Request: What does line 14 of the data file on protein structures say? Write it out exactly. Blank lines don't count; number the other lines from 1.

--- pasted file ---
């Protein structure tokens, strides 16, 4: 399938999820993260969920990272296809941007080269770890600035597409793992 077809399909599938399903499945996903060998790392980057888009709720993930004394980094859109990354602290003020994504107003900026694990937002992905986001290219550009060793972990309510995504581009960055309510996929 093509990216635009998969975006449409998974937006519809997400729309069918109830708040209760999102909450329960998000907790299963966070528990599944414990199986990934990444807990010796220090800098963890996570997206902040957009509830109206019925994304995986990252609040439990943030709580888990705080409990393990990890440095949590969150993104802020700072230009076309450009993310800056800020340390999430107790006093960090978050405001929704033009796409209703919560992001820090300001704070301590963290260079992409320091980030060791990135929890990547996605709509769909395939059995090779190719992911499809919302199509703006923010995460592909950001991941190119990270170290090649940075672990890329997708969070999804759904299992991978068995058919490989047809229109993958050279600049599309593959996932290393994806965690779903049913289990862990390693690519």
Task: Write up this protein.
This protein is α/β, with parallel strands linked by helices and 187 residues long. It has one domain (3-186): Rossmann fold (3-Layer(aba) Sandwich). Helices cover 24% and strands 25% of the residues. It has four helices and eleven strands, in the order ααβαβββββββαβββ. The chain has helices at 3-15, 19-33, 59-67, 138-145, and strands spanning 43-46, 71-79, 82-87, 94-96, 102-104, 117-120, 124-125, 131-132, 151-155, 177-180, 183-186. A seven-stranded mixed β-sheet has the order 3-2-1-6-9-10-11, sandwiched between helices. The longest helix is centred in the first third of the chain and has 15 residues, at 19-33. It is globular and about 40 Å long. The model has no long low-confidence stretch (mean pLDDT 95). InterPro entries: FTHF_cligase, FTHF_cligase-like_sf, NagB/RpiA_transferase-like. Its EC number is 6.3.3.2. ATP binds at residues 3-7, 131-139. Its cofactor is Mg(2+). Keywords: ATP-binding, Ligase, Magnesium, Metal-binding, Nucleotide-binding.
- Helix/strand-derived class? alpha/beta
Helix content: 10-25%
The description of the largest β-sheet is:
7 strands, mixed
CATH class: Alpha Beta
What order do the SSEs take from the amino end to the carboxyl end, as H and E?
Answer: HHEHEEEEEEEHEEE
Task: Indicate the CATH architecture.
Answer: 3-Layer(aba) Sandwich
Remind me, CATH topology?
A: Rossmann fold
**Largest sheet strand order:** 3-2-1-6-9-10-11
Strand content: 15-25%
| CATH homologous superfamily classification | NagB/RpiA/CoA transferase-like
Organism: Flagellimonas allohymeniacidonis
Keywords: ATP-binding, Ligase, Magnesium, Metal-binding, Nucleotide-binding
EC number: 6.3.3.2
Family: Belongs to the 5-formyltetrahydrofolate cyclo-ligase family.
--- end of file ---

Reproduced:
A: Rossmann fold